Statement of Income Data:

 
 
Year ended March 31,
 
 
2017 (1)
 
2016 (1)
 
2015 (1)
 
2014
 
2013
Net sales
 
$
3,407,807

 
$
2,173,334

 
$
2,147,036

 
$
1,931,217

 
$
1,581,623

Cost of sales
 
1,650,611

 
967,870

 
917,472

 
802,474

 
743,164

Research and development
 
545,293

 
372,596

 
349,543

 
305,043

 
254,723

Selling, general and administrative
 
499,811

 
301,670

 
274,815

 
267,278

 
261,471

Amortization of acquired intangible assets
 
337,667

 
174,896

 
176,746

 
94,534

 
111,537

Special charges and other, net (2)
 
98,608

 
3,957

 
2,840

 
3,024

 
32,175

Operating income
 
275,817

 
352,345

 
425,620

 
458,864

 
178,553

Losses on equity method investments
 
(222
)
 
(345
)
 
(317
)
 
(177
)
 
(617
)
Interest income
 
3,079

 
24,447

 
19,527

 
16,485

 
15,560

Interest expense
 
(146,346
)
 
(104,018
)
 
(62,034
)
 
(48,716
)
 
(40,915
)
Loss on settlement of convertible debt (3)
 
(43,879
)
 

 
(50,631
)
 

 

Other income (loss), net
 
1,338

 
8,864

 
13,742

 
5,898

 
(404
)
Income from continuing operations before income taxes
 
89,787

 
281,293

 
345,907

 
432,354

 
152,177

Income tax (benefit) provision
 
(80,805
)
 
(42,632
)
 
(19,418
)
 
37,073

 
24,788

Net income from continuing operations
 
170,592


323,925

 
365,325

 
395,281

 
127,389

Less: Net loss attributable to noncontrolling interests
 

 
207

 
3,684

 

 

Net income from continuing operations attributable to Microchip Technology
 
$
170,592

 
$
324,132

 
$
369,009

 
$
395,281

 
$
127,389

Basic net income per common share from continuing operations attributable to Microchip Technology stockholders
 
$
0.79

 
$
1.59

 
$
1.84

 
$
1.99

 
$
0.65

Diluted net income per common share from continuing operations attributable to Microchip Technology stockholders
 
$
0.73

 
$
1.49

 
$
1.65

 
$
1.82

 
$
0.62

Dividends declared per common share
 
$
1.441

 
$
1.433

 
$
1.425

 
$
1.417

 
$
1.406

Basic common shares outstanding
 
217,196

 
203,384

 
200,937

 
198,291

 
194,595

Diluted common shares outstanding
 
234,806

 
217,388

 
223,561

 
217,630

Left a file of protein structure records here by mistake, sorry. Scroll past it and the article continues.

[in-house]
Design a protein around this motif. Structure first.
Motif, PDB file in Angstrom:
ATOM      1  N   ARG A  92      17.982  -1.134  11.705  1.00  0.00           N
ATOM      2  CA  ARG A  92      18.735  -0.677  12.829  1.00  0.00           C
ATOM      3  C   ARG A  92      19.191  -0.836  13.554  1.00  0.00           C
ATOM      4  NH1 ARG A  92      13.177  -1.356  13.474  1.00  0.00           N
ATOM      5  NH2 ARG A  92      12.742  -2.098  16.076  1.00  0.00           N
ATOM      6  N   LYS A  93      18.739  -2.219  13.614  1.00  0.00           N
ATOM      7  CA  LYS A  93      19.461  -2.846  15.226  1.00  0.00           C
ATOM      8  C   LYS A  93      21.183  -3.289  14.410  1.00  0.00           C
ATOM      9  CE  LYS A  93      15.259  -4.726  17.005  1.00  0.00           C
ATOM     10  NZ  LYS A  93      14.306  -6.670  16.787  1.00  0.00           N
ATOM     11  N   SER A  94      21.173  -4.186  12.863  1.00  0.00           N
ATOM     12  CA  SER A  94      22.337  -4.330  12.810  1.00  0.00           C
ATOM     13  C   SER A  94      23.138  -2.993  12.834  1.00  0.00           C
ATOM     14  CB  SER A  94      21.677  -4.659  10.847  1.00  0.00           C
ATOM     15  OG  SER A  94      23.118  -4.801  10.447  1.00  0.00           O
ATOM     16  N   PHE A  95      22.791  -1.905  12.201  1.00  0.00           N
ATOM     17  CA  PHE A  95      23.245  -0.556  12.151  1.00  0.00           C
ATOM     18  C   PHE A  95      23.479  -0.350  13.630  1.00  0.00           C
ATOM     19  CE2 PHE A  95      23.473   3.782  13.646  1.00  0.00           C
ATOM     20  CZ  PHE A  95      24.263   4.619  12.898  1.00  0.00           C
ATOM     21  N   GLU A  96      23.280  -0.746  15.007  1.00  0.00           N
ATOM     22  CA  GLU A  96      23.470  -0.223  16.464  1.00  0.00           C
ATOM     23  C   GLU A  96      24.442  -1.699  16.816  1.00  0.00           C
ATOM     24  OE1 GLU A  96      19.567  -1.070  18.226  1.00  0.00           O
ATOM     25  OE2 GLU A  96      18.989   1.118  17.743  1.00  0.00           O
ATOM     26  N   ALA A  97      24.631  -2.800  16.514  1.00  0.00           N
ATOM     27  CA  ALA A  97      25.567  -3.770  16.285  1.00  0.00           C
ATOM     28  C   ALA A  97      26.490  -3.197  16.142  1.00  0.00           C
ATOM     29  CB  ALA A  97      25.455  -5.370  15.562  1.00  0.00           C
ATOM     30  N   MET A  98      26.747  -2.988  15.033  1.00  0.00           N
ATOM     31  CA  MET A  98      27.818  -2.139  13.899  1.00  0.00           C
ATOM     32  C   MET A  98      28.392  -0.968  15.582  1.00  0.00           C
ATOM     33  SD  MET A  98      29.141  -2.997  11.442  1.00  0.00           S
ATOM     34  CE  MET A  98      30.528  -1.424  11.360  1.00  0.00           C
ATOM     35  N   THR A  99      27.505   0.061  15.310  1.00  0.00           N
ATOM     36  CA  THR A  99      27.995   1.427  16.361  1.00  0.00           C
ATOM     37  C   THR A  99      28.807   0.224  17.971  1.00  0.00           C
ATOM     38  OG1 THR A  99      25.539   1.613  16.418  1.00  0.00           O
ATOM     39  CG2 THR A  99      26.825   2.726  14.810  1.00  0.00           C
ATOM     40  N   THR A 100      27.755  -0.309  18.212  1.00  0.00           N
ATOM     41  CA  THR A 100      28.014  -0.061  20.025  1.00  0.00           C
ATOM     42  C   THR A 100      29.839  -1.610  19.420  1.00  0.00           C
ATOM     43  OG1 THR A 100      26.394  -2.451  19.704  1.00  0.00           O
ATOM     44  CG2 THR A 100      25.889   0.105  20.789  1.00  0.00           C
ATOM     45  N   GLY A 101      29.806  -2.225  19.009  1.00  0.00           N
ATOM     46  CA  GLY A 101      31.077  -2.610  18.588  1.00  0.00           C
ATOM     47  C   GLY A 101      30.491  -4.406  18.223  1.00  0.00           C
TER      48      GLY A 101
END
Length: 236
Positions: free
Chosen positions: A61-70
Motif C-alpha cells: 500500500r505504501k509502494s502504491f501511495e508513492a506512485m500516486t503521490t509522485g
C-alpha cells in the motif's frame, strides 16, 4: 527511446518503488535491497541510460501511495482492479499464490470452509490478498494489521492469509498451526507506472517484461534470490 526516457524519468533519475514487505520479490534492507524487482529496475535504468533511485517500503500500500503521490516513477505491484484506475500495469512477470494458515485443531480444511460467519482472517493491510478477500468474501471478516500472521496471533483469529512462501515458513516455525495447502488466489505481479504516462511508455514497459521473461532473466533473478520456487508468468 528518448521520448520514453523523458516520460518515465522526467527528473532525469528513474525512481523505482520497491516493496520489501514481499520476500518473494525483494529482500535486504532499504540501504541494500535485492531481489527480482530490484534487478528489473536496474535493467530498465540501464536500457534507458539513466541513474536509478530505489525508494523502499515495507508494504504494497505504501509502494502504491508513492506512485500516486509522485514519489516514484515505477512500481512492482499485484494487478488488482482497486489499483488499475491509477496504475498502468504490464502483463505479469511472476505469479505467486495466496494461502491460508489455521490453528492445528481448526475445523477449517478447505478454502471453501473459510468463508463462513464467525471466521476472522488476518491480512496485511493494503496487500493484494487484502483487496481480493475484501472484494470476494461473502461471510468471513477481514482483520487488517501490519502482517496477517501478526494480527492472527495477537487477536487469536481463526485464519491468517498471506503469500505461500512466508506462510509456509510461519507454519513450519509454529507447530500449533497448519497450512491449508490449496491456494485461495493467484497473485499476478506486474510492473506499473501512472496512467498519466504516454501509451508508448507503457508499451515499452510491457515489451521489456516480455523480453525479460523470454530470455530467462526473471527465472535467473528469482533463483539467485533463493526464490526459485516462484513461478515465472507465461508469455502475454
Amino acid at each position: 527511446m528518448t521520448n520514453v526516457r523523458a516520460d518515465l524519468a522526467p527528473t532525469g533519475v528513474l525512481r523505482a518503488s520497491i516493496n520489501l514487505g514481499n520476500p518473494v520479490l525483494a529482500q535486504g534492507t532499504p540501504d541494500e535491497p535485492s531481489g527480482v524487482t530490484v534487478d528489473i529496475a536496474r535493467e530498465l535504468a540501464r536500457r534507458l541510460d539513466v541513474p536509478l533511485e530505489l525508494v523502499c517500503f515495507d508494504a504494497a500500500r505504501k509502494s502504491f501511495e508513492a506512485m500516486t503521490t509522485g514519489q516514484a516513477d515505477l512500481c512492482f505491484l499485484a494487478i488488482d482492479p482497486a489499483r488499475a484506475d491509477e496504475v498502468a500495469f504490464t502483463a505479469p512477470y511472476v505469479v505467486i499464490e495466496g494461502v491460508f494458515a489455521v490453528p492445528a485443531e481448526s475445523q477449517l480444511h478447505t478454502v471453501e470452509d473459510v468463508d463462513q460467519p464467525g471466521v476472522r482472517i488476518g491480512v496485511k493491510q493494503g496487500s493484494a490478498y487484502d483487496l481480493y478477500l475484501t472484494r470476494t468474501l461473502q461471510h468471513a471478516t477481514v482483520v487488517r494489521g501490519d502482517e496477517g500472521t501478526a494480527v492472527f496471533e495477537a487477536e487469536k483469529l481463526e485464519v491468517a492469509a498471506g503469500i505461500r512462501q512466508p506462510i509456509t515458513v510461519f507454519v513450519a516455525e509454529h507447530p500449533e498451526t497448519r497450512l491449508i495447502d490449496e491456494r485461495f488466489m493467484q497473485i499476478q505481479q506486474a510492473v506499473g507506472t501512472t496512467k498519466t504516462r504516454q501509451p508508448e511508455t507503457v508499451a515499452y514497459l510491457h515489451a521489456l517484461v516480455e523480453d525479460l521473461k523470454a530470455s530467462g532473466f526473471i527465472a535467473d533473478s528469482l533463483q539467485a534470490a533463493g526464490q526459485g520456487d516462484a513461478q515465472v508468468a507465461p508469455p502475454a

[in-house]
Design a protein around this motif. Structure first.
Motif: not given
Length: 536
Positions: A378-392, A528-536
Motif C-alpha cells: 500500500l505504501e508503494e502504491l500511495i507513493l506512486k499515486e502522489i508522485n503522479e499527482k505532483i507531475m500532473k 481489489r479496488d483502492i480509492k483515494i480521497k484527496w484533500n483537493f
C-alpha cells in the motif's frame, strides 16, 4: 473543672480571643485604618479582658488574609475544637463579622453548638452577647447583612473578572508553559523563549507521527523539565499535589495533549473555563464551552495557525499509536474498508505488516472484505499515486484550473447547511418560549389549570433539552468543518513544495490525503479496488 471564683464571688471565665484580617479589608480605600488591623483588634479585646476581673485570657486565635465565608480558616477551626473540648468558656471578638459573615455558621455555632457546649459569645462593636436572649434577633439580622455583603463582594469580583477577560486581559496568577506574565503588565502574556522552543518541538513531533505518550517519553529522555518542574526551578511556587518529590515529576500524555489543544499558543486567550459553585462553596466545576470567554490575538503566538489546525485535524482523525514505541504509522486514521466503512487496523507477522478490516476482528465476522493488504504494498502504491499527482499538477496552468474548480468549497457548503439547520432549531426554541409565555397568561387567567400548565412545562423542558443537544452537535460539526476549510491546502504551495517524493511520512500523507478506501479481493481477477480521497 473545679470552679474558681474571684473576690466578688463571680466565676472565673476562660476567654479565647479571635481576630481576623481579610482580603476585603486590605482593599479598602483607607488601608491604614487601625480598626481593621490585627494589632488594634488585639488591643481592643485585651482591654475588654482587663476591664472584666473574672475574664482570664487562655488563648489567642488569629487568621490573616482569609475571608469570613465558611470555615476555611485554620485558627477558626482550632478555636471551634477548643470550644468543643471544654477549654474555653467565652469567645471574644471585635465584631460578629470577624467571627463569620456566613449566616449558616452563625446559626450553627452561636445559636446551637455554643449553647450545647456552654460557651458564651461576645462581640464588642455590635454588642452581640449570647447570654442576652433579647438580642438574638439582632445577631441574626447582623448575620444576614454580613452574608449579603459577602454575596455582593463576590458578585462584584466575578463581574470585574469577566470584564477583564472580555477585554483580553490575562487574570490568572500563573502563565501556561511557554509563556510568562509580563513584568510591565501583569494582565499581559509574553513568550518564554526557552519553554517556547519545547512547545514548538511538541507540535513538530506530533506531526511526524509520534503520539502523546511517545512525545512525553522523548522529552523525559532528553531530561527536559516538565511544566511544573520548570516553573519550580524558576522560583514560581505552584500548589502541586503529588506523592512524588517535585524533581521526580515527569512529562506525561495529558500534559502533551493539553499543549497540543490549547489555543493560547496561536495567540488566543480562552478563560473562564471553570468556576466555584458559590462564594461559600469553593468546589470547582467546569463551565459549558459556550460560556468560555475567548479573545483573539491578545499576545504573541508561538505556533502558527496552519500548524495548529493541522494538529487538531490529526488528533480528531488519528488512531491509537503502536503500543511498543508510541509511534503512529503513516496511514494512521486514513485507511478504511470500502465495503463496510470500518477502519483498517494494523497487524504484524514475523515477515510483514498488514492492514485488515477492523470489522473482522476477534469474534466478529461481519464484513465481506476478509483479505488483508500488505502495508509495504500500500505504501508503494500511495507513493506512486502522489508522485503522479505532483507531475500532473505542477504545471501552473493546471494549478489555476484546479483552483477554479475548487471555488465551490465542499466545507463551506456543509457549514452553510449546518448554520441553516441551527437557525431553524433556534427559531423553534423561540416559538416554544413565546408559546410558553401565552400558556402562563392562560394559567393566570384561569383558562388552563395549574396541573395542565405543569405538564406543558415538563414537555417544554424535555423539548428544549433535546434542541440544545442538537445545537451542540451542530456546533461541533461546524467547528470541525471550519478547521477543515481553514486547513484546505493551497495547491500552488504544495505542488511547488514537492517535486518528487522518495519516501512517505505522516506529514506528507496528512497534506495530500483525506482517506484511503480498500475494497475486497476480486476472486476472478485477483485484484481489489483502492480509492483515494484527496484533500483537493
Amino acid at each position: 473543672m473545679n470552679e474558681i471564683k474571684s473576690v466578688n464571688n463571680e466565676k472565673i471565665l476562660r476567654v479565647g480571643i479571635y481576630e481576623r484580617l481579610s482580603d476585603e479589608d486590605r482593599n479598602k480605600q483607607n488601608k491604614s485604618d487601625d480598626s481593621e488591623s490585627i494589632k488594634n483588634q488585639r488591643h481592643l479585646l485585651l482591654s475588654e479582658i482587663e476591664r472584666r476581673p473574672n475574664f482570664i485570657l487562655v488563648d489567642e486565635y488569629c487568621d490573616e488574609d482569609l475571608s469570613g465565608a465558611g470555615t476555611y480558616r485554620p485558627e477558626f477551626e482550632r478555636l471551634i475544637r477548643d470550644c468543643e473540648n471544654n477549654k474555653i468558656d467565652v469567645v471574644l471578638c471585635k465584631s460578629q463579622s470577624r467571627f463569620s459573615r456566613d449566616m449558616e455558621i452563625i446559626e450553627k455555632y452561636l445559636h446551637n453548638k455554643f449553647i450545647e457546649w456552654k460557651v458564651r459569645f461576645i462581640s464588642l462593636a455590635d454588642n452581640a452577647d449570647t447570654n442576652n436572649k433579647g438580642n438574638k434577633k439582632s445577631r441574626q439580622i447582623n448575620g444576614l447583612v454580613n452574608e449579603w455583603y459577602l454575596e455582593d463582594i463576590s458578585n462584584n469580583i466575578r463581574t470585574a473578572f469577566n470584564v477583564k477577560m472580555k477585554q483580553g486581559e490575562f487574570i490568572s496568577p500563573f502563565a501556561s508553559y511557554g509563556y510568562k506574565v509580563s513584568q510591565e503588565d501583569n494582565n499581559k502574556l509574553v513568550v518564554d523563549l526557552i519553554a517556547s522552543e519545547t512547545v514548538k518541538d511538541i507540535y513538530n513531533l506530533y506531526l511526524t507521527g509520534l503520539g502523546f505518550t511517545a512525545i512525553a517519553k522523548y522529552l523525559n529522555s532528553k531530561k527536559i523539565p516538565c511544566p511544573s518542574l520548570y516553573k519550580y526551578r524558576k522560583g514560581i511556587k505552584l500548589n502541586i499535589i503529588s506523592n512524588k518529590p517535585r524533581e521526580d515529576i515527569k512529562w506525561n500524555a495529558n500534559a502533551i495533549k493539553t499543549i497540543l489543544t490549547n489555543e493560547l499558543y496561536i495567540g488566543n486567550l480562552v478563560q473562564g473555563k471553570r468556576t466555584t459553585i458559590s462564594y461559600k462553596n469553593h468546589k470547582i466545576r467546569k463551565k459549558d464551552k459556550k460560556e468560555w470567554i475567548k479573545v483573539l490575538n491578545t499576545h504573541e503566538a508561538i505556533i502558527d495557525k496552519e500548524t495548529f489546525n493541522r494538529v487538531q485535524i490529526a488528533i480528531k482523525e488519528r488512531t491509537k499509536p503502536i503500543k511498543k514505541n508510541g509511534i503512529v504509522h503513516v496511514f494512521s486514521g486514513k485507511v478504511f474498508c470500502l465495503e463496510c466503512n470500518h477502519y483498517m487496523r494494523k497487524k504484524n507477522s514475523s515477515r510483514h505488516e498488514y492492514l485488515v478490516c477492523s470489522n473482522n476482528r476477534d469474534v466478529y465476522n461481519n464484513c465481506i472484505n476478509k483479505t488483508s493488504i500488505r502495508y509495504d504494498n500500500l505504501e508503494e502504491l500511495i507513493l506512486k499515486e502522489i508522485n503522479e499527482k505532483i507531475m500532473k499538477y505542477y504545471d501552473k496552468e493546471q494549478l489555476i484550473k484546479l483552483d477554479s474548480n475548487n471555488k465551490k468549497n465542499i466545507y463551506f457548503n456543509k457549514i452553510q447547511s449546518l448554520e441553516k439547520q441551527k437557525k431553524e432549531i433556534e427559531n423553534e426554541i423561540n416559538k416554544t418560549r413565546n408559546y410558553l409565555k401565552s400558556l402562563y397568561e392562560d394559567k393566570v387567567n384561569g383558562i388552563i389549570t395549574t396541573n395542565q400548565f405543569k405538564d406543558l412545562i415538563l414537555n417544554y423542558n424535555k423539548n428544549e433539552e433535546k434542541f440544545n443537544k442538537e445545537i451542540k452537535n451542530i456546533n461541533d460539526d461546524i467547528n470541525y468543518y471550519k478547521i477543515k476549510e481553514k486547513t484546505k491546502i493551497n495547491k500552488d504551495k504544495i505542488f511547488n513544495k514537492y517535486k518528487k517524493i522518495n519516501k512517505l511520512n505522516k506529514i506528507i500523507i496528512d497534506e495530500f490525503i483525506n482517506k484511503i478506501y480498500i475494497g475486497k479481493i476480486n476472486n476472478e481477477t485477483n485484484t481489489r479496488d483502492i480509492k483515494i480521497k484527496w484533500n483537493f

205,776

 
(1) 
Refer to Note 2 to our consolidated financial statements for an explanation of our material business combinations during fiscal 2017, fiscal 2016, and fiscal 2015.

(2) The following table presents a summary of special charges and other, net for the five-year period ended March 31, 2017:


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March 31,
 
 
2017
 
2016
 
2015
 
2014
 
2013
Acquisition related expenses
 
$
98,608

 
$
11,163

 
$
2,840

 
$
1,654

 
$
16,259

Legal settlement
 

 
(7,206
)
 

 

 
11,516

Adjustment to contingent consideration
 

 

 

 
1,370

 
4,400

Totals
 
$
98,608

 
$
3,957

 
$
2,840

 
$
3,024

 
$
32,175


Discussions of the special charges and other, net for fiscal 2017, fiscal 2016 and fiscal 2015 are contained in Note 3 to our consolidated financial statements.

During fiscal 2014, we incurred special charges and other, net of $3.0 million related to severance, office closing and other costs associated with our acquisition activity.

During fiscal 2013, we incurred special charges and other, net of $32.2 million comprised of a $4.4 million net increase in the fair value of contingent consideration related to one of our acquisitions, $16.3 million of primarily severance-related costs in addition to office closing and other costs associated with our acquisition of SMSC and legal settlement costs of approximately $11.5 million for certain legal matters related to an entity which we acquired in April 2010 in excess of previously accrued amounts.

(3) Refer to Note 11 to our consolidated financial statements for an explanation of the loss on settlement of debt of approximately $43.9 million in fiscal 2017 and approximately $50.6 million in fiscal 2015.

Balance Sheet Data:

 
 
March 31,
 
 
2017
 
2016
 
2015
 
2014
 
2013